S and P Global Ratings upgraded its gross domestic product (GDP) growth forecast for the Philippines to 5.4 percent from 5.2 percent for this year after a stronger-than-expected expansion in the third quarter.
Despite the upgrade, this is still below the six to seven percent target penned by economic managers for this year.
The Philippine economy grew by 5.5 percent from January to September as the GDP growth picked up to 5.9 percent in the third quarter after slumping to 4.3 percent in the second quarter from 6.4 percent in the first quarter.
The GDP needs to accelerate to 7.2 percent in the fourth quarter to at least meet the lower end of the six to seven percent target set by the Development Budget Coordination Committee (DBCC).
'Asia-Pacific economies outside of China remain resilient. Growth this year and in 2024 should be the strongest in emerging market economies with solid domestic demand: India, Indonesia, Malaysia, and the Philippines,' S and P Asia Pacific chief economist Luis Kuijs and economist Vishrut Rana said in its latest economic outlook.
The Philippines is forecast to be the fastest-growing economy in the region, followed by Vietnam with 4.9 percent, Malaysia with four percent, Thailand with 2.5 percent, South Korea with 1.3 percent, Taiwan with 1.2 percent, Singapore with 1.1 percent and New Zealand with one percent.
The debt watcher also hiked its GDP growth forecast for Asia Pacific to 4.7 percent from 4.3 percent.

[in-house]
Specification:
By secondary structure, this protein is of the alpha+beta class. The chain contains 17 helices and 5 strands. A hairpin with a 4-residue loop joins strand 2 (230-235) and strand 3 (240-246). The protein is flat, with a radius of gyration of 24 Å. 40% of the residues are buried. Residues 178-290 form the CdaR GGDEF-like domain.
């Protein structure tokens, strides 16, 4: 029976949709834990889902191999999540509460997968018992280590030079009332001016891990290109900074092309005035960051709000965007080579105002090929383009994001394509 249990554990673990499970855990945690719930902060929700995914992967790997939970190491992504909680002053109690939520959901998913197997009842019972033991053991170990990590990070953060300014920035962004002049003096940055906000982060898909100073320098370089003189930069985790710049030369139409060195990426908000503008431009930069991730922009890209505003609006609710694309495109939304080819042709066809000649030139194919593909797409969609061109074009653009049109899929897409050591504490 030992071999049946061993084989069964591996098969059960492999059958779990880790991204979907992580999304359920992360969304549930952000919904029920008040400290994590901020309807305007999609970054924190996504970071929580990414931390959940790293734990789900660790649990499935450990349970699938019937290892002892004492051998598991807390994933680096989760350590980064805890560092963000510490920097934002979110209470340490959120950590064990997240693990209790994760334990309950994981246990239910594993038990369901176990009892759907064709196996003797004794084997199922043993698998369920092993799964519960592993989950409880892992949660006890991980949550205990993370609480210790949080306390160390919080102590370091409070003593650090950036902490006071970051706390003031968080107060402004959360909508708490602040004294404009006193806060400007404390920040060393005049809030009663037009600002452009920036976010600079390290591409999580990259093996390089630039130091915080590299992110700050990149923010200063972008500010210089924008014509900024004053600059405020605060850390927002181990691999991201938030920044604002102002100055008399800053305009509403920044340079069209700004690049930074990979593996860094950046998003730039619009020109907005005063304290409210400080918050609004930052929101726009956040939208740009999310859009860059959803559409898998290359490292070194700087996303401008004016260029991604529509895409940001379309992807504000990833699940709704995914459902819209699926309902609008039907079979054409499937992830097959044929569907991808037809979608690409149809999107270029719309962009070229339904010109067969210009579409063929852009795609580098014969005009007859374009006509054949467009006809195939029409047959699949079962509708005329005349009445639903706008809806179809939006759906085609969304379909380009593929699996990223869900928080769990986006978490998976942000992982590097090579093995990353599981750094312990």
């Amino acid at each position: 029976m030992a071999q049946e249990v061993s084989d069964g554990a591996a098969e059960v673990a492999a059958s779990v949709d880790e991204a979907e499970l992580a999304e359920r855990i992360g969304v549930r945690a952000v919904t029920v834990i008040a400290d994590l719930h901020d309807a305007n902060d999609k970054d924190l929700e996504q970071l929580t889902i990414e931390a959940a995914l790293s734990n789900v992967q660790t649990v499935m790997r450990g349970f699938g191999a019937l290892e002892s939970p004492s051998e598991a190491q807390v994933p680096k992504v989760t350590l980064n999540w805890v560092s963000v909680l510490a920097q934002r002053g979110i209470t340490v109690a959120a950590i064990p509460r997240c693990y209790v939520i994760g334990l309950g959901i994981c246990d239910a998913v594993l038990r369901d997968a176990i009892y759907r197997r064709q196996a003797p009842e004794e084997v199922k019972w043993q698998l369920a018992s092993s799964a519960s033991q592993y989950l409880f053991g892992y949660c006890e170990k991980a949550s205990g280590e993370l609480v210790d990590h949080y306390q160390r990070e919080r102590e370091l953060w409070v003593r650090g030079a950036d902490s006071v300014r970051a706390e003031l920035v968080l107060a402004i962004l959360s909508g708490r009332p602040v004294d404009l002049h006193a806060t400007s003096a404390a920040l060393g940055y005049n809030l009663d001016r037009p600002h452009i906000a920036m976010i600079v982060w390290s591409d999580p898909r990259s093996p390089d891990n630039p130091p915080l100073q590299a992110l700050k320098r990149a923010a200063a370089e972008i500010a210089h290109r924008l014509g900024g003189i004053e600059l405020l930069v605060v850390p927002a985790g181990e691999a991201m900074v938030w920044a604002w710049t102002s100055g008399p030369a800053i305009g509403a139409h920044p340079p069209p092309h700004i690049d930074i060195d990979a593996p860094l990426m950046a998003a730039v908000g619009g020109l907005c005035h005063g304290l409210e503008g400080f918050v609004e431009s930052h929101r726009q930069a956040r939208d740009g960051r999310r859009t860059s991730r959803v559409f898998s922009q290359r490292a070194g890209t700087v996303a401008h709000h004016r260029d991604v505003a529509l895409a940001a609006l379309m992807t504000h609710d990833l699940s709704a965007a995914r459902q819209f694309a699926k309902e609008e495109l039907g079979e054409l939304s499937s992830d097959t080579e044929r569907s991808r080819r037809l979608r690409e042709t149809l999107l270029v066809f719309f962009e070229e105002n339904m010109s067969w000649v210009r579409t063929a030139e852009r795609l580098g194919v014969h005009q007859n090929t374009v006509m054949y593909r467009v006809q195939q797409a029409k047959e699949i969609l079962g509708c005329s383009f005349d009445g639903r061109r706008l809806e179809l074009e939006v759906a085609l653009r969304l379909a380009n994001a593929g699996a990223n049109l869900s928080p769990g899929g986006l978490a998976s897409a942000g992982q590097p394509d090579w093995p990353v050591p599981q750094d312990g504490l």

'Asia-Pacific as a whole continues to grow despite meager support from external sources. Emerging market economies with solid domestic demand are posting the strongest growth,' Kuijs and Rana said.
The authors said S and P Global purchasing managers' indices (PMIs) suggest Asia-Pacific economies have generally continued to expand.
In October, the debt watcher noted that manufacturing PMIs remained below 50 in developed economies but have risen in South Korea and Taiwan, reflecting stronger activity in the semiconductor industry.
'In Southeast Asia, the manufacturing PMI mostly exceeded 50 in October, including in the Philippines, where it has jumped since September,' Kuijs and Rana said.
However, it remained below 50 percent in Malaysia but remained strong in India at 55. The services sector, PMI, has fallen in Japan and Australia.
For 2024, S and P lowered its GDP growth projection for the Philippines to 5.9 percent from 6.1 percent but is expected to accelerate to 6.2 percent in 2025 and 6.4 percent in 2026.
This is also slower than the DBCC target of 6.5 percent to eight percent between 2024 and 2028.
S and P believes interest rates will remain elevated in the Philippines after the Bangko Sentral ng Pilipinas (BSP) delivered a cumulative 450-basis point hike since May last year to tame inflation and stabilize the peso.
'In the Philippines, hefty food price increases, particularly rice, spurred the Bangko Sentral ng Pilipinas to raise its policy rate by 25 bps to 6.50 percent in October,' it said.
According to S and P, other risks are more domestic in nature as lingering inflation in the Philippines, Australia and India are keeping central banks occupied.
S and P expects inflation in the Philippines to stay above the BSP's two to four percent target range, accelerating to 5.9 percent this year from 5.8 percent last year before easing to 3.4 percent in 2024 and 3.2 percent in 2025.
It foresees another 25-basis point hike from the BSP this year that will bring the benchmark interest rate to 6.75 percent before a series of rate cuts to six percent in 2024 and 4.25 percent in 2025.
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